Event Title

The Effect of Social Media on Academic Performance with Relation to Anxiety

Poster Number

082

Faculty Mentor

Matthew Hayes, Ph.D.

College

College of Arts and Sciences

Department

Department of Psychology

Location

Richardson Ballroom – DiGiorgio Campus Center

Start Date

12-4-2019 2:15 PM

End Date

April 2019

Description

With approximately 90% of young adults between the ages of 18 and 29 using some form of social media, the effect that social media has on many facets of life, including academics, is incredibly important for understanding this demographic. Lau (2016) found that non-academic social media use negatively predicts GPA among undergraduate students. While this research indicates that social media use has the potential to have negative effects on academic performance, it doesn’t explore why this negative correlation exists. This study examined whether social media withdrawal relates to academic performance and anxiety. Participants were 31 Winthrop University students. Participants were assigned to either the “with phone” or the “without phone” condition and were asked to post an image of themselves on a social media site of their choosing. The reading comprehension section of SAT Practice Test 8 was used to measure academic performance, and a self-report scale was used to measure feelings of anxiety during the experiment. Contrary to prediction, there were no significant differences between the “with phone” and the “without phone” groups, indicating that withdrawal from social media usage does not cause worsened academic performance or more feelings of anxiety. These results can help teachers and parents to make informed decisions about separating their students from technology, knowing that there are not any negative effects on academic performance when students are separated from their social media.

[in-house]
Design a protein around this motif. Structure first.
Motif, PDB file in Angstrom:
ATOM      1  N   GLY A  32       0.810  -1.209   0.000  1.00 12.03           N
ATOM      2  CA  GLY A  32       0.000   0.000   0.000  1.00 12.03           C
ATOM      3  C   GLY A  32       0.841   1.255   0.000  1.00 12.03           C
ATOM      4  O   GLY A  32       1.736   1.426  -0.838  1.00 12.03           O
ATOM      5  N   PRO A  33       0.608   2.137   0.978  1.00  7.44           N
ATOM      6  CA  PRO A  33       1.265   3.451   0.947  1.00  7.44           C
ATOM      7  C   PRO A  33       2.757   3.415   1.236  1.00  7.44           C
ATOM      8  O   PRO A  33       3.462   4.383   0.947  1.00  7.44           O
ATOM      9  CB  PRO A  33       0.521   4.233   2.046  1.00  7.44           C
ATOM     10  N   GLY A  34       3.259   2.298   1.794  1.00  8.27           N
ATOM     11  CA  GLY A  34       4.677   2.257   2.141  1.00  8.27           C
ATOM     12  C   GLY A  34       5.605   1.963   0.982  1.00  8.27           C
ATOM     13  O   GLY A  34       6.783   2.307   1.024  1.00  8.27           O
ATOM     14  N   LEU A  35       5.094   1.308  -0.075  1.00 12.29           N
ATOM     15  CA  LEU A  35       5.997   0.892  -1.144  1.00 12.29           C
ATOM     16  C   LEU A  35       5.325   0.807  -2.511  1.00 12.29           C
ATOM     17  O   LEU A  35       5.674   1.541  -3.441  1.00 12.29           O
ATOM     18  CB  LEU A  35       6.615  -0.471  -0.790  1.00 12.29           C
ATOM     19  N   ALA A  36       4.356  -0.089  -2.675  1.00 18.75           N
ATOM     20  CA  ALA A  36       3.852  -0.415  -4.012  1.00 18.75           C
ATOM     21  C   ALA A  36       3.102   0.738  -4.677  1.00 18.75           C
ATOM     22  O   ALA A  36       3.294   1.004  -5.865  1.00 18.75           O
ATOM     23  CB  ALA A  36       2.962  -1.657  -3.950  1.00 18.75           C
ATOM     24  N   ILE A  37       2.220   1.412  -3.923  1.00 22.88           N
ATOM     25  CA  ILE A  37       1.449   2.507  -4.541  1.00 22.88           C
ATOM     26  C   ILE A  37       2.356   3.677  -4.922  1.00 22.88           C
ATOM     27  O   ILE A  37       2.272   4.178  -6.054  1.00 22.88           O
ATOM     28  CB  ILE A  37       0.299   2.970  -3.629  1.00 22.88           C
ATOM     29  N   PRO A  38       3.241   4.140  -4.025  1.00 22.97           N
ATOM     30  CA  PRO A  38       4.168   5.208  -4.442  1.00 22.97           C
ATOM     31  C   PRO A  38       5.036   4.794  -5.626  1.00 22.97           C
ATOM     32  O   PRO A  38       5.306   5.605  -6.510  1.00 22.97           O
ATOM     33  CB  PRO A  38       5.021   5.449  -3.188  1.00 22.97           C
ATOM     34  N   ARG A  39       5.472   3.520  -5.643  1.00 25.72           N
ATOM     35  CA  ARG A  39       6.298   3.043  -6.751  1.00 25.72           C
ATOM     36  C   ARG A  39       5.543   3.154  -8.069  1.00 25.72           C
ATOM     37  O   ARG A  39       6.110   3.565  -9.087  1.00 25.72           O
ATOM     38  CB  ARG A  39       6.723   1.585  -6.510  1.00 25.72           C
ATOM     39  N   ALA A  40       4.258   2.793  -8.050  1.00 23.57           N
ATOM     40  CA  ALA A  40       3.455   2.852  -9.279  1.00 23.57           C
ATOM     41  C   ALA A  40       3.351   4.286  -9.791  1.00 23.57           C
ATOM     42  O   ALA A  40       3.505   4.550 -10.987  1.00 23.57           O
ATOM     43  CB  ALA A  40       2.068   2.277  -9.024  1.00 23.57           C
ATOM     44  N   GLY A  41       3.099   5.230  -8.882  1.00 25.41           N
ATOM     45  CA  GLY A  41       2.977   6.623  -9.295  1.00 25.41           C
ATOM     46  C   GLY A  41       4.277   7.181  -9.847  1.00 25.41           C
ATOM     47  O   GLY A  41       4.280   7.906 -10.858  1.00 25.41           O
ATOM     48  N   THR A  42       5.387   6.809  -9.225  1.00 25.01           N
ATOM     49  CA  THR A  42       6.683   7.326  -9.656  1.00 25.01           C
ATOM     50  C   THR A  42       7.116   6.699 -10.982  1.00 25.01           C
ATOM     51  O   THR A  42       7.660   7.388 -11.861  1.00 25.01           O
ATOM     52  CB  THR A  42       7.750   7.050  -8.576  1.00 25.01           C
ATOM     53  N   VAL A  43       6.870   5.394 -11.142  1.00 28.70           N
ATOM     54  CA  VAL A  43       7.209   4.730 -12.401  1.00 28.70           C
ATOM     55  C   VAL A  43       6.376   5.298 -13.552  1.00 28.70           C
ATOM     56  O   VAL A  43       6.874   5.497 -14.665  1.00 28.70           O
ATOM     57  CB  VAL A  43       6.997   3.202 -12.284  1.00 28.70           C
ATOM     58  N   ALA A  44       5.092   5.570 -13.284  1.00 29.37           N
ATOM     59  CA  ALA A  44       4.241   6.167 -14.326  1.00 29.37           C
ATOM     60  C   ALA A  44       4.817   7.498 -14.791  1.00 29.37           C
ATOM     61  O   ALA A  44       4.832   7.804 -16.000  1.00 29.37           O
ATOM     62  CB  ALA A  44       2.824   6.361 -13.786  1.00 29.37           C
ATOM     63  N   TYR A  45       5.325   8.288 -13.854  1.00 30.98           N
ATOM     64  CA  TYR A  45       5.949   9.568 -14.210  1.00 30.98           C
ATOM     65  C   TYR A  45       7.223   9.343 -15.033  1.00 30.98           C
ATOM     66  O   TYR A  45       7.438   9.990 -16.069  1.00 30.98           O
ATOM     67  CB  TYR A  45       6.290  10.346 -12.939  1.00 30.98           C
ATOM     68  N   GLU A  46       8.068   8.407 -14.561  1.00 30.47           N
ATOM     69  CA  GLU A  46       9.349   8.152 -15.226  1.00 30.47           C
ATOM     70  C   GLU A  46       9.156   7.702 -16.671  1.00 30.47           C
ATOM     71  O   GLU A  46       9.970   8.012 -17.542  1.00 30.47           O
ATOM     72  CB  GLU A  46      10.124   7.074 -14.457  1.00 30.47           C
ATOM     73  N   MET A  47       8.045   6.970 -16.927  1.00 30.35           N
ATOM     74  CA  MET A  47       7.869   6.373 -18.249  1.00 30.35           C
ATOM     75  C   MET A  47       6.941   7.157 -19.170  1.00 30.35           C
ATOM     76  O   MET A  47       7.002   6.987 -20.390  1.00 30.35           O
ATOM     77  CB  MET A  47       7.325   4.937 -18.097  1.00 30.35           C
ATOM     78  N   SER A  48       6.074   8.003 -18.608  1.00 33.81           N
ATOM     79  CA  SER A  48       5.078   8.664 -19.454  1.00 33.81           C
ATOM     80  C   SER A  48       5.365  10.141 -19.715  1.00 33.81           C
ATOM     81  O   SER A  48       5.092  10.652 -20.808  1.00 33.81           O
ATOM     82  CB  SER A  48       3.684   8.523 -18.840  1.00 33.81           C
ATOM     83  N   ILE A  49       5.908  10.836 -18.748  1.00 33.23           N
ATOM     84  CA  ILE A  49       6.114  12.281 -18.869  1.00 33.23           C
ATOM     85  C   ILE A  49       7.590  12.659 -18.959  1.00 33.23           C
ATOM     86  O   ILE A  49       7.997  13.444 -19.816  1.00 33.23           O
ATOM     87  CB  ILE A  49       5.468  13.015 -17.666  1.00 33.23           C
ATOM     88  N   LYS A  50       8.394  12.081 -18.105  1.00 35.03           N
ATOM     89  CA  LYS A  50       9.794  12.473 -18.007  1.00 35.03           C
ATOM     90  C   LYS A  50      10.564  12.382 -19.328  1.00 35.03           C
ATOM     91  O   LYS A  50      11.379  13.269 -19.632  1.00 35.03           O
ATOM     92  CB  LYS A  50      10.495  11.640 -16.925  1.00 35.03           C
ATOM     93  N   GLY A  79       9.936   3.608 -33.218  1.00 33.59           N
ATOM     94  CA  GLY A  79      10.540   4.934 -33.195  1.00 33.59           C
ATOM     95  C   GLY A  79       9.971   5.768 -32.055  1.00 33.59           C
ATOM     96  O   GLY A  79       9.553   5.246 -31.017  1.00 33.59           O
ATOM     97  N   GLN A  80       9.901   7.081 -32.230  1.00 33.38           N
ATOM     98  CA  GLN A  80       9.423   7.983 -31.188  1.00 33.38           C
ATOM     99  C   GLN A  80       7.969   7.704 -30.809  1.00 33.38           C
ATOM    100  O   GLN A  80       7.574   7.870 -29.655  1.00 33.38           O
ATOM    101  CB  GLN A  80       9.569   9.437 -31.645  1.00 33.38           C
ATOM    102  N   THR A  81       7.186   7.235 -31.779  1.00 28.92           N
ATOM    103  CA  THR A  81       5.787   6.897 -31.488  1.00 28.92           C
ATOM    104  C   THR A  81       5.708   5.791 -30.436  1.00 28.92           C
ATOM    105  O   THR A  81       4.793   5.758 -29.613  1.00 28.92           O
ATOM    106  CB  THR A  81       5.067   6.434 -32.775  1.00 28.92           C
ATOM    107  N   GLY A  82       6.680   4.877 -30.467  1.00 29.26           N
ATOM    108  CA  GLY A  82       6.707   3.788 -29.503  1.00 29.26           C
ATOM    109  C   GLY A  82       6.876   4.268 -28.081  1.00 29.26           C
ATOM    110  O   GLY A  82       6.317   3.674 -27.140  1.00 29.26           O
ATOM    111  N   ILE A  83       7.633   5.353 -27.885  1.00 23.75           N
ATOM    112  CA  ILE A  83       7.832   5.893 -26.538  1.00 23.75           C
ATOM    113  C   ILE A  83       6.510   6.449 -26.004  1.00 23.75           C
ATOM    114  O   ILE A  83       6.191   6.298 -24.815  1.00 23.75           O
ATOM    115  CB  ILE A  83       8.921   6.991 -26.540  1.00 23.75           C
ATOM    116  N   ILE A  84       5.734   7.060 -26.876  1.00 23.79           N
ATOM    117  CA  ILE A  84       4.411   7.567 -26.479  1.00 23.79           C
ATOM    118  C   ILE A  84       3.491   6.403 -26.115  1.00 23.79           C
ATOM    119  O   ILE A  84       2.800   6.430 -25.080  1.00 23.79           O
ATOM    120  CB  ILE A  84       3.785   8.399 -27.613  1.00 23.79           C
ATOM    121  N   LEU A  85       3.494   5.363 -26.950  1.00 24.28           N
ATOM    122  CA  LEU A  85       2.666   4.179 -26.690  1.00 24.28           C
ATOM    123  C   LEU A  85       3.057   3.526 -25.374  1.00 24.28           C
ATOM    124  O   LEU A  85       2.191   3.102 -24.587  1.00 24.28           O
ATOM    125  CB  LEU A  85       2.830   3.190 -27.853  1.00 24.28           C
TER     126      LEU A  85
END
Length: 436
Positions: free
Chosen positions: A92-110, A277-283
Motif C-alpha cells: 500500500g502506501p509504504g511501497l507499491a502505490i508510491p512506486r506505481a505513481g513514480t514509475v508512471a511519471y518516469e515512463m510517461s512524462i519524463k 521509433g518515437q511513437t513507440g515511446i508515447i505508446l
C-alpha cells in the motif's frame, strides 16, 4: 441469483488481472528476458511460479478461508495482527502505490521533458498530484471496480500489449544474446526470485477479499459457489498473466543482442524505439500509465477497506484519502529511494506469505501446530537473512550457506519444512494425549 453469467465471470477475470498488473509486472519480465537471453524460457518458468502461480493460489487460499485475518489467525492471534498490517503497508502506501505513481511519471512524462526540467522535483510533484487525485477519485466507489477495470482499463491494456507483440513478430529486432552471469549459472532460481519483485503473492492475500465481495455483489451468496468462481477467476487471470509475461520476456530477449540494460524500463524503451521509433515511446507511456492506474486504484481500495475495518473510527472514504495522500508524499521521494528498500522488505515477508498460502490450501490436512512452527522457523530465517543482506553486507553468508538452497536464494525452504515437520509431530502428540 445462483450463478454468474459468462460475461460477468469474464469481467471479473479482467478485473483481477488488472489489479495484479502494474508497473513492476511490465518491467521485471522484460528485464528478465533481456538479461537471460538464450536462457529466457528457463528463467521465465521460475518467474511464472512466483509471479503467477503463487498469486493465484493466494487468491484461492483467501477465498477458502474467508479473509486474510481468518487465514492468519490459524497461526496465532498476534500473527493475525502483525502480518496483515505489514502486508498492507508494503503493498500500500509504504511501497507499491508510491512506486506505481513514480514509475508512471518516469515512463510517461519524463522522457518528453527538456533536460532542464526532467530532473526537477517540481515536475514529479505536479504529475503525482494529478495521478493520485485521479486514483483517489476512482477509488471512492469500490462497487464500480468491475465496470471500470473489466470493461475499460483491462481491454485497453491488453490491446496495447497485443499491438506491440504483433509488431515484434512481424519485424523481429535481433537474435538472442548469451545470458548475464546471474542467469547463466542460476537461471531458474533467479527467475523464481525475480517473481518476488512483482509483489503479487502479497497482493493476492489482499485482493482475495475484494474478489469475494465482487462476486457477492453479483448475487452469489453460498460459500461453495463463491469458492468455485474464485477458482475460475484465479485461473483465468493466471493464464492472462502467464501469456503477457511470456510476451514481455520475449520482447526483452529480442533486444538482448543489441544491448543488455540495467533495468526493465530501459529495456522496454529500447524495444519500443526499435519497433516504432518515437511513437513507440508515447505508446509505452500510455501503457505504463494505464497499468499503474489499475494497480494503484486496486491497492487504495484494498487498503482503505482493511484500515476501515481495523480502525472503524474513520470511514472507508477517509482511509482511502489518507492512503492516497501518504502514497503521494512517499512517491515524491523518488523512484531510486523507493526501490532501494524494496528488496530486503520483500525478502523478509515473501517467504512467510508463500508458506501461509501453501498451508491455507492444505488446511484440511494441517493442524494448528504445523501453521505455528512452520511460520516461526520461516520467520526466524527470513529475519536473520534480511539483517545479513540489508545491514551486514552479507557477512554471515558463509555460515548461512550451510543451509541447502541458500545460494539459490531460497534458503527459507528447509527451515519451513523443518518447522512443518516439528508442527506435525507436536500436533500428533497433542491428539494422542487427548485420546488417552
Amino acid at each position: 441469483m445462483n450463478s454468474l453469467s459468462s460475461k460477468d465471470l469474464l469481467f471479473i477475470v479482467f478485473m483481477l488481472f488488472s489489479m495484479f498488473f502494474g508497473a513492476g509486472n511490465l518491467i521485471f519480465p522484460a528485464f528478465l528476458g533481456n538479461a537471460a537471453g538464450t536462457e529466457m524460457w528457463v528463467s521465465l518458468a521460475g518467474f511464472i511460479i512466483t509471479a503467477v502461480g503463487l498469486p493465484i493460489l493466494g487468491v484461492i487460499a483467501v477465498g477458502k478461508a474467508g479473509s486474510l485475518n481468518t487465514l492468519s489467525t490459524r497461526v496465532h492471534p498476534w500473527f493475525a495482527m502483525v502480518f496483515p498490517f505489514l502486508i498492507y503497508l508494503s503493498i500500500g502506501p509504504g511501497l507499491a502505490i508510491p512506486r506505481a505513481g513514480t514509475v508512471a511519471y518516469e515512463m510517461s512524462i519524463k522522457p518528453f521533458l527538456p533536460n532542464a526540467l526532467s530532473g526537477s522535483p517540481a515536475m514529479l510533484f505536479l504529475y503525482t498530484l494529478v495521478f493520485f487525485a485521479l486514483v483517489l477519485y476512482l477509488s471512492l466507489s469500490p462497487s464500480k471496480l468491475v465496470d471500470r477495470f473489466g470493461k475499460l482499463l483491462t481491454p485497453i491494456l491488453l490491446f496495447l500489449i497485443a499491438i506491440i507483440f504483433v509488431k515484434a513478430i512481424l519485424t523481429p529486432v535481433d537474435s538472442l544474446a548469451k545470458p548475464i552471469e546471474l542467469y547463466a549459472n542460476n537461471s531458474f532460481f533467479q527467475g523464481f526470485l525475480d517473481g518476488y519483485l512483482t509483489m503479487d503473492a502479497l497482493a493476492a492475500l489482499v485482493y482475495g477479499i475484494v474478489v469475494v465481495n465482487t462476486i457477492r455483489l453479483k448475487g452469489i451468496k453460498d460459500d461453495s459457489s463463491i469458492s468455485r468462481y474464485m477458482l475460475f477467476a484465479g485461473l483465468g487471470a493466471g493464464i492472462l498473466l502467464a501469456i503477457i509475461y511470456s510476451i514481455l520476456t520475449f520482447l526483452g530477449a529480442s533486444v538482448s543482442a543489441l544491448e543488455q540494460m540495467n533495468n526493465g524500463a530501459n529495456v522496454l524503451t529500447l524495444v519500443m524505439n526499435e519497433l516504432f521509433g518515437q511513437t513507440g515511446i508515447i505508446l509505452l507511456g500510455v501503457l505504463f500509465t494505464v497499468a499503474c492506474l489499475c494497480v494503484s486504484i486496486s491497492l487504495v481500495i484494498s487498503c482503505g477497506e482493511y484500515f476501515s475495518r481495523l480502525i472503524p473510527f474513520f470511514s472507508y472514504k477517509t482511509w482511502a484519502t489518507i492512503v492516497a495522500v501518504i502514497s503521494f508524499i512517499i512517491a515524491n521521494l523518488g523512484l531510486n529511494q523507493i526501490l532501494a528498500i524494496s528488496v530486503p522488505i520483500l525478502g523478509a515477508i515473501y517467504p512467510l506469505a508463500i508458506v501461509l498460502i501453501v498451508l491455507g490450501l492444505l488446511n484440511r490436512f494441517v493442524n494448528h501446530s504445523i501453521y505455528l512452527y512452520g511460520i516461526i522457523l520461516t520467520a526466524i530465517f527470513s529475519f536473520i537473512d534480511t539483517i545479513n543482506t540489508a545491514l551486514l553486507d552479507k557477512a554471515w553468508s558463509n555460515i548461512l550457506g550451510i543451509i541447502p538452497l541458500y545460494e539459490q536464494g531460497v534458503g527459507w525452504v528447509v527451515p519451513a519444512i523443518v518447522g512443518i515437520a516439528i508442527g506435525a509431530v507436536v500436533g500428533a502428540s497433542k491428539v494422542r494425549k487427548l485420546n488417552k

Previously Presented/Performed?

Southeastern Psychological Association (SEPA) Annual Meeting, Jacksonville, Florida, March 2019

Course Assignment

PSYC 302 – Hayes

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Apr 12th, 2:15 PM Apr 12th, 4:15 PM

The Effect of Social Media on Academic Performance with Relation to Anxiety

Richardson Ballroom – DiGiorgio Campus Center

With approximately 90% of young adults between the ages of 18 and 29 using some form of social media, the effect that social media has on many facets of life, including academics, is incredibly important for understanding this demographic. Lau (2016) found that non-academic social media use negatively predicts GPA among undergraduate students. While this research indicates that social media use has the potential to have negative effects on academic performance, it doesn’t explore why this negative correlation exists. This study examined whether social media withdrawal relates to academic performance and anxiety. Participants were 31 Winthrop University students. Participants were assigned to either the “with phone” or the “without phone” condition and were asked to post an image of themselves on a social media site of their choosing. The reading comprehension section of SAT Practice Test 8 was used to measure academic performance, and a self-report scale was used to measure feelings of anxiety during the experiment. Contrary to prediction, there were no significant differences between the “with phone” and the “without phone” groups, indicating that withdrawal from social media usage does not cause worsened academic performance or more feelings of anxiety. These results can help teachers and parents to make informed decisions about separating their students from technology, knowing that there are not any negative effects on academic performance when students are separated from their social media.